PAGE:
Appeals Court Rejects One Count in Perry Indictment

Former Gov. Rick Perry during a press conference with his legal team on Jan. 28, 2015.
Former Gov. Rick Perry during a press conference with his legal team on Jan. 28, 2015.

Editor's note: This story has been updated.

A state appeals court on Friday threw out one of two counts in the indictment against former Gov. Rick Perry, handing his lawyers their first major breakthrough in the nearly yearlong case.

The 3rd Court of Appeals in Austin specifically found a problem with a count alleging that Perry coerced a public servant when he threatened to veto state funding for a unit of the Travis County district attorney's office. The court left intact the indictment's other count, which accuses Perry of abusing his power.

Perry's legal team, led by Houston attorney Tony Buzbee, moved quickly to capitalize on the ruling, arguing it was proof the overall case against Perry, now a presidential candidate, is unraveling.

"One down, one to go," Buzbee told reporters Friday afternoon outside the Harris County civil courthouse. "The court today threw out what we believe to be the greater of the two charges — that coercion charge."


"The remaining count we believe to be a class C misdemeanor, and we believe that count is hanging by a thread," Buzbee added, likening such an offense to a "traffic violation."

It was not all good news for Perry, though. While his lawyers were confident the remaining count would be dismissed "on its face," it was unclear how long that could take. And the appeals court ruling moves Perry closer to a trial that could be a headache during a presidential campaign.

Michael McCrum, the special prosecutor handling the indictment, said he was weighing his options for how to proceed, including whether to appeal the latest ruling. Regardless, he predicted the case could go to trial late this year or early next year.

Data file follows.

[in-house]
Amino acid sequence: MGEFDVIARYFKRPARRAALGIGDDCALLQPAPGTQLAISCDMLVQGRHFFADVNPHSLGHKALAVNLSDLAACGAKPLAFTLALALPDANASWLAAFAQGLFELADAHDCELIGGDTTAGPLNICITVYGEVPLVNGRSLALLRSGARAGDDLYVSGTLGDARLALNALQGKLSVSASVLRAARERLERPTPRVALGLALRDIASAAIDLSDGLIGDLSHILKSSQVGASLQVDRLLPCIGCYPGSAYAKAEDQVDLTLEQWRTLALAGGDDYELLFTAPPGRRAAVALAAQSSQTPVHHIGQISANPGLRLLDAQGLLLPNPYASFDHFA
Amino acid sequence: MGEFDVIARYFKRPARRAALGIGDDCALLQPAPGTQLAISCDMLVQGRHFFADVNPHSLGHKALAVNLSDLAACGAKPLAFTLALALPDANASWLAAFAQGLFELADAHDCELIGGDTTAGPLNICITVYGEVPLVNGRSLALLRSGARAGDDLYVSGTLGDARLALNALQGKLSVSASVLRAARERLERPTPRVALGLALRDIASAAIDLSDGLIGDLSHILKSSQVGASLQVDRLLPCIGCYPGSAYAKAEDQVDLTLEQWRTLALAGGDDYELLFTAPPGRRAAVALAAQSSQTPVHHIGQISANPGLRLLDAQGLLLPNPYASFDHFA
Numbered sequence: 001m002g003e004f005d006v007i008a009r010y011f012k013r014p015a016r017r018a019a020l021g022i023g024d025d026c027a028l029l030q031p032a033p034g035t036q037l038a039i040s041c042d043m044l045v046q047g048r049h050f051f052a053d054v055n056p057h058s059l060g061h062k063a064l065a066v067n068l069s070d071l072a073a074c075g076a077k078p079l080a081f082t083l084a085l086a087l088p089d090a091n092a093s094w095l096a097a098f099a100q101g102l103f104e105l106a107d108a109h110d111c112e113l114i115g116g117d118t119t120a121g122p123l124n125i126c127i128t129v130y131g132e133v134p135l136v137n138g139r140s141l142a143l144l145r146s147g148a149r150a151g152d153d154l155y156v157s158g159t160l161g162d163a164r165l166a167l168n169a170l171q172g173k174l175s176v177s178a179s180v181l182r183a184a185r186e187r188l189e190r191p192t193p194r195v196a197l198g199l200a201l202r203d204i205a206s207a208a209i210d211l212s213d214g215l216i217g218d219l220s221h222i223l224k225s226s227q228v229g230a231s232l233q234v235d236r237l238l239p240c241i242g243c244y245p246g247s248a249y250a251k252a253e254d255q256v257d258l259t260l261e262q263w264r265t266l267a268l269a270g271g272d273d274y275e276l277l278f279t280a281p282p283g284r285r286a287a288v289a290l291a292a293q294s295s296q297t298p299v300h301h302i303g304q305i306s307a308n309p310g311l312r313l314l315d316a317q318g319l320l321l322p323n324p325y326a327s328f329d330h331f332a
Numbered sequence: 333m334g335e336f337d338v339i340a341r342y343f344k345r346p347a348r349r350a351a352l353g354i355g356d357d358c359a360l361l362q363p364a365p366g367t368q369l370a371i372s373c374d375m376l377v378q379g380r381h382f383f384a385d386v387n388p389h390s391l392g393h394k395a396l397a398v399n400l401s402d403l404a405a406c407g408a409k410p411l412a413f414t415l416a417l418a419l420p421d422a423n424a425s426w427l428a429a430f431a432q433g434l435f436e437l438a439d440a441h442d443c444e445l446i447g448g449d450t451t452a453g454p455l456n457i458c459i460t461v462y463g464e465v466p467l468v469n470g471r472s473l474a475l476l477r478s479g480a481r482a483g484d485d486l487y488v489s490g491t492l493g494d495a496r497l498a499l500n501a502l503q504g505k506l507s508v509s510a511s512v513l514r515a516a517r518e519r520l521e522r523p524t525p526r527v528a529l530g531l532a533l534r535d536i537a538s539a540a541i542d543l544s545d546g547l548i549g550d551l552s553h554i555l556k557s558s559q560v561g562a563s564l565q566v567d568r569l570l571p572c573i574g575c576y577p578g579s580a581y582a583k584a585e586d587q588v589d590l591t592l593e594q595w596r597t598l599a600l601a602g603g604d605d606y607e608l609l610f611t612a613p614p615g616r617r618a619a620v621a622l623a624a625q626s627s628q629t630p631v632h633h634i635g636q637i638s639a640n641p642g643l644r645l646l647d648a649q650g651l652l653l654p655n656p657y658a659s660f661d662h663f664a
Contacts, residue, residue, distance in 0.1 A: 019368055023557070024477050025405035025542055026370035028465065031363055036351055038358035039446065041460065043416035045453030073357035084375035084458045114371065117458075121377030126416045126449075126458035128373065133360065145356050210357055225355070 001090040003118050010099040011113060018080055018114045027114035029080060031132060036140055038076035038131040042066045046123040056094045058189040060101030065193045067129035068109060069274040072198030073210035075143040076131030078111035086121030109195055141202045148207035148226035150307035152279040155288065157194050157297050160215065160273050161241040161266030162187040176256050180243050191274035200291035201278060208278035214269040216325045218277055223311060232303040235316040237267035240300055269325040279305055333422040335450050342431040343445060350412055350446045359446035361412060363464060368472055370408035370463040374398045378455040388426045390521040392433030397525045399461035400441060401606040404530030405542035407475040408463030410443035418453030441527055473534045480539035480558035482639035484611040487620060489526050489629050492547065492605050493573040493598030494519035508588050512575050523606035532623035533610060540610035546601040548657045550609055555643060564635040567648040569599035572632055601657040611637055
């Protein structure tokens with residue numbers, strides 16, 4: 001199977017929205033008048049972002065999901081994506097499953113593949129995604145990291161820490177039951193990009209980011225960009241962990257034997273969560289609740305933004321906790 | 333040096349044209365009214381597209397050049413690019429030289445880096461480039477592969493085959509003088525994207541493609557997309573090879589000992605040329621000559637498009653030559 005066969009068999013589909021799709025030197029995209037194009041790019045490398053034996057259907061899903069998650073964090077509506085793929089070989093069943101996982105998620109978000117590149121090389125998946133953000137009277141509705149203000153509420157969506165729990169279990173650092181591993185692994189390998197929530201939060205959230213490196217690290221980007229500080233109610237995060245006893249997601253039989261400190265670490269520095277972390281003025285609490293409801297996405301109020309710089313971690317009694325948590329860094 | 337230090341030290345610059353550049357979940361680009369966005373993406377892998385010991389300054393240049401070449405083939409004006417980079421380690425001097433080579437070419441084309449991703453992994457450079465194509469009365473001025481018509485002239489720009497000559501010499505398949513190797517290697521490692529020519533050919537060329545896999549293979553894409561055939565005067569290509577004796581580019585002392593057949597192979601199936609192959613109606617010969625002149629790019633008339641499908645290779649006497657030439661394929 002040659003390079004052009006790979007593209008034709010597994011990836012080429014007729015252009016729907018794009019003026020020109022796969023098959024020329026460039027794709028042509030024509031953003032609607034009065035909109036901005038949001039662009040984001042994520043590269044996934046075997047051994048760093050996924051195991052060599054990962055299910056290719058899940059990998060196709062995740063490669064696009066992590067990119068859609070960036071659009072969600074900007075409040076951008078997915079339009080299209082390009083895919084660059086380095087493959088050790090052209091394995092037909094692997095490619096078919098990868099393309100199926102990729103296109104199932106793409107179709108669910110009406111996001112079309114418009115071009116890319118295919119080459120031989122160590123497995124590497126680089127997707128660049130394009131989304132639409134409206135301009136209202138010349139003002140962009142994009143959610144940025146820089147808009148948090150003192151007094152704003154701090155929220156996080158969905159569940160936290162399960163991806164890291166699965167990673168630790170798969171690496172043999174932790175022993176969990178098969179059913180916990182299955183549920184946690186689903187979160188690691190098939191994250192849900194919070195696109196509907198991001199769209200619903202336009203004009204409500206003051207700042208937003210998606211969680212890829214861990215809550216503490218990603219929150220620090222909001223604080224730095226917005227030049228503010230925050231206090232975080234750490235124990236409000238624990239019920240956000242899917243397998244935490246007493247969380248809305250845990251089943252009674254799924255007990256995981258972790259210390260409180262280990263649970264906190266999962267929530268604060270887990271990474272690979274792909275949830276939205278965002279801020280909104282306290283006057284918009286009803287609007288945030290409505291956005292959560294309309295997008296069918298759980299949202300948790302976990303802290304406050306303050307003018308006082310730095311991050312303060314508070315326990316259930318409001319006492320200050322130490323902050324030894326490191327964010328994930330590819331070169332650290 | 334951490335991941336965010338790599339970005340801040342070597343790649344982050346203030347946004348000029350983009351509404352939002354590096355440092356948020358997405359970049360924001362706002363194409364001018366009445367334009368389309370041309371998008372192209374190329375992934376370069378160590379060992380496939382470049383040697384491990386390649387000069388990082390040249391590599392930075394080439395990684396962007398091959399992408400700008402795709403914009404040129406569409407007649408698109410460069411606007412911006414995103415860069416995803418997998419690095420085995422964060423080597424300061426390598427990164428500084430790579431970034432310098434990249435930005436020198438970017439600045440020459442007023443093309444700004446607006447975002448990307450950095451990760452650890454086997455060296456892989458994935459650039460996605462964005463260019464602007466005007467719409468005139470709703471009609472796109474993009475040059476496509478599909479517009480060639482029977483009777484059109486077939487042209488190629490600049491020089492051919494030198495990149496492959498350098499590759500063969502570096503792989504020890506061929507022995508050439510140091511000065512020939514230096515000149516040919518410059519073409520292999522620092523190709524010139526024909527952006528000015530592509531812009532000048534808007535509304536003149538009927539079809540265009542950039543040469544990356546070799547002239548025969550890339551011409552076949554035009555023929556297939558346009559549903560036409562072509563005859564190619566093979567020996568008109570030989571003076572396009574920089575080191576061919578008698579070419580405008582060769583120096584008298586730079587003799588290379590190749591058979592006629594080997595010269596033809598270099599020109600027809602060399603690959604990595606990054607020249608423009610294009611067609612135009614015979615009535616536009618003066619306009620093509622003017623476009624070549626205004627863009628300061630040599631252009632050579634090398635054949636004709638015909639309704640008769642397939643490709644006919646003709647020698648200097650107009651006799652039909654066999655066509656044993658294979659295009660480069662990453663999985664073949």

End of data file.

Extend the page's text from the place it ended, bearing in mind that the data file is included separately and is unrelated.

McCrum took issue with Buzbee's boisterous reaction to the ruling, saying Perry's lawyers have little to celebrate.

"I just can’t help but still be amazed at the disrespect he has for our legal system," McCrum said of Buzbee. "This isn’t high school football playoffs."

The appeals court was ruling on Perry's challenge to a district court's decision earlier this year not to dismiss the case on constitutional grounds. It was Perry's second attempt to get rid of the indictment that now hangs over his comeback bid for the White House.

"The Americans in this country are looking for a president who will stand up and do what’s right, and that’s exactly what Gov. Perry did," said Buzbee, who has donated to Perry's campaign. "This will have no impact whatsoever on his presidential campaign."

Begging to differ Friday was Texans for Public Justice, the liberal-leaning watchdog group behind the complaint that led to the indictment. Craig McDonald, director of the Austin-based organization, said that the case remains a "heavy burden" on Perry and the appeals court decision goes against his primary objection to the charges.


"The ruling by the all-Republican three-judge panel underlines the fact that the charges filed against Perry are not the result of a partisan witch hunt," McDonald said in a statement. "Republican judges exclusively have moved this case forward."

Perry was indicted last August in a case that centers on his veto of state funding for the public integrity unit in the Travis County district attorney's office. He had threatened to cut off the funding unless the district attorney, Rosemary Lehmberg, resigned following a drunken driving arrest.

At the time, Lehmberg's office housed the public integrity unit, which handles ethics complaints against public officials. Lehmberg refused to step down, and Perry later made good on his threat, vetoing the approximately $3.7 million per year budgeted to fund the unit.

The appeals court agreed with Perry's lawyers that his threat was a part of the give-and-take of politics, protected by the First Amendment. In doing so, the appeals court cast doubt on how state District Judge Bert Richardson interpreted the definition of "coercion" under the law.

On the abuse-of-power count, the appellate judges suggested it might too be to early for them to rule on it, especially before a trial.

Disclosure: Tony Buzbee was a major donor to the Tribune in 2012. A complete list of Tribune donors and sponsors can be viewed here.

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